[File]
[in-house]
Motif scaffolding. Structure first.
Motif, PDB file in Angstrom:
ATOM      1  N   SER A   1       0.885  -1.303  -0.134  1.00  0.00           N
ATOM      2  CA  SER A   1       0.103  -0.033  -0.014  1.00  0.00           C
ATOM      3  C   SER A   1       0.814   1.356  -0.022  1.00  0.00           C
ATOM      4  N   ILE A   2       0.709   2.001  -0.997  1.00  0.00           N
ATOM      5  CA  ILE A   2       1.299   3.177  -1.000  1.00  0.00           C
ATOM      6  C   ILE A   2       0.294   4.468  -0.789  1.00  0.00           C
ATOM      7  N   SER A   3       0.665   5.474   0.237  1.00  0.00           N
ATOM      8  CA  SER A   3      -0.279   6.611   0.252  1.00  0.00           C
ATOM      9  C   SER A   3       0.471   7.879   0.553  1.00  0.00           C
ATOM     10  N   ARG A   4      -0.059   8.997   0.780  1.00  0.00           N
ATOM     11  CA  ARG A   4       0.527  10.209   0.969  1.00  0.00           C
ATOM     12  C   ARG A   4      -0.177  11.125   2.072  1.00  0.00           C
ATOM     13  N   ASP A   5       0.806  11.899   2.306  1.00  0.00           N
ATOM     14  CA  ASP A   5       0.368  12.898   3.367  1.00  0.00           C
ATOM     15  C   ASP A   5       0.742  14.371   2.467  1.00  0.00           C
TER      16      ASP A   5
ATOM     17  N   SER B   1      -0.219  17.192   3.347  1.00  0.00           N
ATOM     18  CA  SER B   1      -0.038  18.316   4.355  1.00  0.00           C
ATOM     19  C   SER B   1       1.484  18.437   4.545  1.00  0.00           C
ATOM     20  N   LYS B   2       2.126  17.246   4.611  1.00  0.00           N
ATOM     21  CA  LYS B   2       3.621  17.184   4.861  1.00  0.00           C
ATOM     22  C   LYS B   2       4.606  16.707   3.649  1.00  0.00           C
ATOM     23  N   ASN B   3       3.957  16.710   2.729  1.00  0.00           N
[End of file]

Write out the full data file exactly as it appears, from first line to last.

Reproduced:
[in-house]
Motif scaffolding. Structure first.
Motif, PDB file in Angstrom:
ATOM      1  N   SER A   1       0.885  -1.303  -0.134  1.00  0.00           N
ATOM      2  CA  SER A   1       0.103  -0.033  -0.014  1.00  0.00           C
ATOM      3  C   SER A   1       0.814   1.356  -0.022  1.00  0.00           C
ATOM      4  N   ILE A   2       0.709   2.001  -0.997  1.00  0.00           N
ATOM      5  CA  ILE A   2       1.299   3.177  -1.000  1.00  0.00           C
ATOM      6  C   ILE A   2       0.294   4.468  -0.789  1.00  0.00           C
ATOM      7  N   SER A   3       0.665   5.474   0.237  1.00  0.00           N
ATOM      8  CA  SER A   3      -0.279   6.611   0.252  1.00  0.00           C
ATOM      9  C   SER A   3       0.471   7.879   0.553  1.00  0.00           C
ATOM     10  N   ARG A   4      -0.059   8.997   0.780  1.00  0.00           N
ATOM     11  CA  ARG A   4       0.527  10.209   0.969  1.00  0.00           C
ATOM     12  C   ARG A   4      -0.177  11.125   2.072  1.00  0.00           C
ATOM     13  N   ASP A   5       0.806  11.899   2.306  1.00  0.00           N
ATOM     14  CA  ASP A   5       0.368  12.898   3.367  1.00  0.00           C
ATOM     15  C   ASP A   5       0.742  14.371   2.467  1.00  0.00           C
TER      16      ASP A   5
ATOM     17  N   SER B   1      -0.219  17.192   3.347  1.00  0.00           N
ATOM     18  CA  SER B   1      -0.038  18.316   4.355  1.00  0.00           C
ATOM     19  C   SER B   1       1.484  18.437   4.545  1.00  0.00           C
ATOM     20  N   LYS B   2       2.126  17.246   4.611  1.00  0.00           N
ATOM     21  CA  LYS B   2       3.621  17.184   4.861  1.00  0.00           C
ATOM     22  C   LYS B   2       4.606  16.707   3.649  1.00  0.00           C
ATOM     23  N   ASN B   3       3.957  16.710   2.729  1.00  0.00           N